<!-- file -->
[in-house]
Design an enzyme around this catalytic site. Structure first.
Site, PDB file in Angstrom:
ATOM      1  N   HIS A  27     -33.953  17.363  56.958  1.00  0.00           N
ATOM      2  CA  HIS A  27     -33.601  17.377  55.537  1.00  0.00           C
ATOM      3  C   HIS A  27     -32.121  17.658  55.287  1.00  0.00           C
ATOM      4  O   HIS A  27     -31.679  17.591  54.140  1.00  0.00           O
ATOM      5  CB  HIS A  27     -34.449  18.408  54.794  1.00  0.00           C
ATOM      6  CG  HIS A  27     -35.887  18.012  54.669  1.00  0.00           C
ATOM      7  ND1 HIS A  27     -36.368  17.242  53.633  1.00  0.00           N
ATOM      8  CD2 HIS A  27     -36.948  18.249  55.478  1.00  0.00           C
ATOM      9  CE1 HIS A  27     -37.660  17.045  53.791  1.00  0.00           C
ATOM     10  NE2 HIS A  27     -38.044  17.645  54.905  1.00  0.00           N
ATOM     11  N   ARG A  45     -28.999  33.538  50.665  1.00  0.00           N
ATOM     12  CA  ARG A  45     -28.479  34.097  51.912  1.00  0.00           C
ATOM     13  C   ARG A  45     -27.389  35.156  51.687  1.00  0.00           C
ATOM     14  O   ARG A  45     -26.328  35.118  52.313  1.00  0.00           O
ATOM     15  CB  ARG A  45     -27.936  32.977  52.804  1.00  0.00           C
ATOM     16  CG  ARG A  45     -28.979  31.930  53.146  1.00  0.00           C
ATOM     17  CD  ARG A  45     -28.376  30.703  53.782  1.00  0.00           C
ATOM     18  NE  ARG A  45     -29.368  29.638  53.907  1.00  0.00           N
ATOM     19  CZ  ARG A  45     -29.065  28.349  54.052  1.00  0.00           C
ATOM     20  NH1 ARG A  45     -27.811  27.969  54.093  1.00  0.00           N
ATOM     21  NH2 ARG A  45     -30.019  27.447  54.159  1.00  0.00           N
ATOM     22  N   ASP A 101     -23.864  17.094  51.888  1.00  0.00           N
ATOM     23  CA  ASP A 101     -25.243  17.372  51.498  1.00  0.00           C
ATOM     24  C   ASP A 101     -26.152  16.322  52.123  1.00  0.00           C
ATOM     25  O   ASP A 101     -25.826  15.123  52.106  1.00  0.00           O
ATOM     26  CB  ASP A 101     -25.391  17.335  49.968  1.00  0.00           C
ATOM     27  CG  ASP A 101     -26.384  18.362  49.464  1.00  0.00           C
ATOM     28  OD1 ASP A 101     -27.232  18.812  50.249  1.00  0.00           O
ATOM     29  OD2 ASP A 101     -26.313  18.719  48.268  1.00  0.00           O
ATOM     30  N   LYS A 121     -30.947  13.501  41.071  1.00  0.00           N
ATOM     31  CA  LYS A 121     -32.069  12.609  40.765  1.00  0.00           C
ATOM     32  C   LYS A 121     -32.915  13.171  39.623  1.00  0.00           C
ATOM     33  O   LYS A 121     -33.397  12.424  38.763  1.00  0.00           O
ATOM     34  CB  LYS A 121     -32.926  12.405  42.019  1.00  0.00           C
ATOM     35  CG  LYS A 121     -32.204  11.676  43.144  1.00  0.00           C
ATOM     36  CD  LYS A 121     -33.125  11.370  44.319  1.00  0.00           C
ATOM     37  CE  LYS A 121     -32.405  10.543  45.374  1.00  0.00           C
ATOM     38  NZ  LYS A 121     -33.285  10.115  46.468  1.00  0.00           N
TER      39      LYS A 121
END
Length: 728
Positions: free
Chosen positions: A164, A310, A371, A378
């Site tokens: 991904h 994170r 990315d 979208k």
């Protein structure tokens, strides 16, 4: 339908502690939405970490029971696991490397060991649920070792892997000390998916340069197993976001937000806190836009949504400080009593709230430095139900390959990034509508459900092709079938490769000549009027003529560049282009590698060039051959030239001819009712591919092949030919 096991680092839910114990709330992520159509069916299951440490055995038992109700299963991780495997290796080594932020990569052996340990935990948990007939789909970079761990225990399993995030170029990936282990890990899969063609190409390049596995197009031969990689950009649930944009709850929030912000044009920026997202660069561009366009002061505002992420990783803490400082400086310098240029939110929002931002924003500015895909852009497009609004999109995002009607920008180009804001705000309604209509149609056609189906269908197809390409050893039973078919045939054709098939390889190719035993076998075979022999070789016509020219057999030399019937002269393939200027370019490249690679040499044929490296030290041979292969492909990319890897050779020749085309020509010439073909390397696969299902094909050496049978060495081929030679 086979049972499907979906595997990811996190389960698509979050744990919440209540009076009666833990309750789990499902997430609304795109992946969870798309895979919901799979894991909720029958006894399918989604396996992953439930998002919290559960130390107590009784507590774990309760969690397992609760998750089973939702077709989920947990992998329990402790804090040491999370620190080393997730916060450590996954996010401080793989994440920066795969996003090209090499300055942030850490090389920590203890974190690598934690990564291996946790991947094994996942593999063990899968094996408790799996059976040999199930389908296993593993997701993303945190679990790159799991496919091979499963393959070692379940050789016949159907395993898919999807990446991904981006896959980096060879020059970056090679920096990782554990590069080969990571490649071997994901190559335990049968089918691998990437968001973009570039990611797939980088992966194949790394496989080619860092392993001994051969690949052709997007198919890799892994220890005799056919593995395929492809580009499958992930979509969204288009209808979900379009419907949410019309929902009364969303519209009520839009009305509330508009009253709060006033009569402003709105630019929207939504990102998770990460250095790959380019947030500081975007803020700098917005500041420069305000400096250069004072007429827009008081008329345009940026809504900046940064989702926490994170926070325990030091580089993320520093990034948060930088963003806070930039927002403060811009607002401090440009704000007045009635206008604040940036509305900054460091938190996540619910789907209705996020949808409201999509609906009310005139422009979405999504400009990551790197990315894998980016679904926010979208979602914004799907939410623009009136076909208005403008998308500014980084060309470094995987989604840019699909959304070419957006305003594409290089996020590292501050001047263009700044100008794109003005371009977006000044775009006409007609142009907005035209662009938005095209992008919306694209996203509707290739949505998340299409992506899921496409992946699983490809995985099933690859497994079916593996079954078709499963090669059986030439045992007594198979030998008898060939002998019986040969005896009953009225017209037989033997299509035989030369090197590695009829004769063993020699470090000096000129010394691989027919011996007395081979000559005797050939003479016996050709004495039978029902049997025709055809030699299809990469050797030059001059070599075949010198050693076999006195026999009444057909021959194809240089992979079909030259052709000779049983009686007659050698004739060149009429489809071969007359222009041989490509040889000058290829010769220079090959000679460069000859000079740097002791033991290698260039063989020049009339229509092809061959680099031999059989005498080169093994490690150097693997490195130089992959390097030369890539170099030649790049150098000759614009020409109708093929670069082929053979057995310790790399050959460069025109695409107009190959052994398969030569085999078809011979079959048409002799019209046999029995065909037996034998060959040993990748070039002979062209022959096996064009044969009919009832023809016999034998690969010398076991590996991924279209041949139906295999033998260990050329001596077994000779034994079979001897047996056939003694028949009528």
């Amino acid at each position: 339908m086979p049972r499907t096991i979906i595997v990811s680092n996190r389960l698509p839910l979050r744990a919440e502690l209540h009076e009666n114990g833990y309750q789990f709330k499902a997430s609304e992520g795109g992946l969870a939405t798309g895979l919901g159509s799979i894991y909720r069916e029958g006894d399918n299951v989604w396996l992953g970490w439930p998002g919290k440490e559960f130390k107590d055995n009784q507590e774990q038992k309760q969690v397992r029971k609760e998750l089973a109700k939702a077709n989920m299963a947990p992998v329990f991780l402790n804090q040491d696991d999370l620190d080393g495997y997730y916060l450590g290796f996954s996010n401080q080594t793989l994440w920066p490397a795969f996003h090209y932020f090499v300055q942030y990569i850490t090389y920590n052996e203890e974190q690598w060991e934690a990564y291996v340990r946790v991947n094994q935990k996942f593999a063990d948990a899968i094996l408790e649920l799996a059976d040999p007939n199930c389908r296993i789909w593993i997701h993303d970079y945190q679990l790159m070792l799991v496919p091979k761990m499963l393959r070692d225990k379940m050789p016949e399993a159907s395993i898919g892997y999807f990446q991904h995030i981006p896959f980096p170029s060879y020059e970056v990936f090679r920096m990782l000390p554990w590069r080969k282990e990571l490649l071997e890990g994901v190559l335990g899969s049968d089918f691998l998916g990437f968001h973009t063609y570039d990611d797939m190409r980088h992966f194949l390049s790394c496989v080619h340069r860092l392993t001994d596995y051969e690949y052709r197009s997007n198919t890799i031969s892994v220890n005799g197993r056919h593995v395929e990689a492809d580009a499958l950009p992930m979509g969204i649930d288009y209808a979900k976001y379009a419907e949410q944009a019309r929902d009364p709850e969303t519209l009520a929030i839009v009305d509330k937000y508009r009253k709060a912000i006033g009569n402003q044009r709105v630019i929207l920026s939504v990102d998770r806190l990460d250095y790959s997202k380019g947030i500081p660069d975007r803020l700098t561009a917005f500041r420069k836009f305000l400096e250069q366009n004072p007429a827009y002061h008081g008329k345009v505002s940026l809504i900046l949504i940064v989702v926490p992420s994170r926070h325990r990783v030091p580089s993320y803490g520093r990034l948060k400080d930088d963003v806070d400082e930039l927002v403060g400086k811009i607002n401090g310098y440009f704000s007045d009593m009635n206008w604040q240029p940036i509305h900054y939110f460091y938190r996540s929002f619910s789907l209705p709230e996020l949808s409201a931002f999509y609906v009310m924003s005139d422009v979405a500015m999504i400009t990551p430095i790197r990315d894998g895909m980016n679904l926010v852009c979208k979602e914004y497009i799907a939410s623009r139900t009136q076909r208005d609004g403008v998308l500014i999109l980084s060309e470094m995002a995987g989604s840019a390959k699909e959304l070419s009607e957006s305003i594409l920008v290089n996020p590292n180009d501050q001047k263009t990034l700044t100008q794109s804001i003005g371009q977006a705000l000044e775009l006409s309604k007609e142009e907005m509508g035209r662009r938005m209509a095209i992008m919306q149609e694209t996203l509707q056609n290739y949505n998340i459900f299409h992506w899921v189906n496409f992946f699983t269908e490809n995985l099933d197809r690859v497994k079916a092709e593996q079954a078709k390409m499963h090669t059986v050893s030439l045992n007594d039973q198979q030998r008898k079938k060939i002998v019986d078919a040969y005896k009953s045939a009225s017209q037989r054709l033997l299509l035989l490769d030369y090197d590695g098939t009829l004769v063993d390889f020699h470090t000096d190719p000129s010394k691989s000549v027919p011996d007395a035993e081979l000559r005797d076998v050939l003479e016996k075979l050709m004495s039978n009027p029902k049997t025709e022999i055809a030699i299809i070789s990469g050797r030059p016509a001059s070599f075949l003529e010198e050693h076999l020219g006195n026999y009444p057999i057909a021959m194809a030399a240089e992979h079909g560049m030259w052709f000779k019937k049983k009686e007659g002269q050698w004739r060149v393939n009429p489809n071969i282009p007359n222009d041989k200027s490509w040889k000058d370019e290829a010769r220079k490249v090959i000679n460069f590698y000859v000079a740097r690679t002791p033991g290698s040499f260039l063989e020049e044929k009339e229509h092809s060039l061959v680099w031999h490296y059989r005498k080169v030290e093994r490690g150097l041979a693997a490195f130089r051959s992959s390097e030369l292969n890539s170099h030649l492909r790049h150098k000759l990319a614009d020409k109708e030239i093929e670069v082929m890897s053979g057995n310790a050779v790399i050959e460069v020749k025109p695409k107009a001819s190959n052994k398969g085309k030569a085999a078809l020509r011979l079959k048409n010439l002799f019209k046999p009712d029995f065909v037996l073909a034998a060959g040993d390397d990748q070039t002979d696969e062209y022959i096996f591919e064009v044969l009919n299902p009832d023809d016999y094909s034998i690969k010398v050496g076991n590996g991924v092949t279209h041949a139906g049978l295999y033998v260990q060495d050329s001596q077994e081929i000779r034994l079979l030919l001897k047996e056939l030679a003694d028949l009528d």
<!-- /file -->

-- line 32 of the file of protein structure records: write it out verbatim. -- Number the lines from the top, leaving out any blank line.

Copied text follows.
ATOM     29  OD2 ASP A 101     -26.313  18.719  48.268  1.00  0.00           O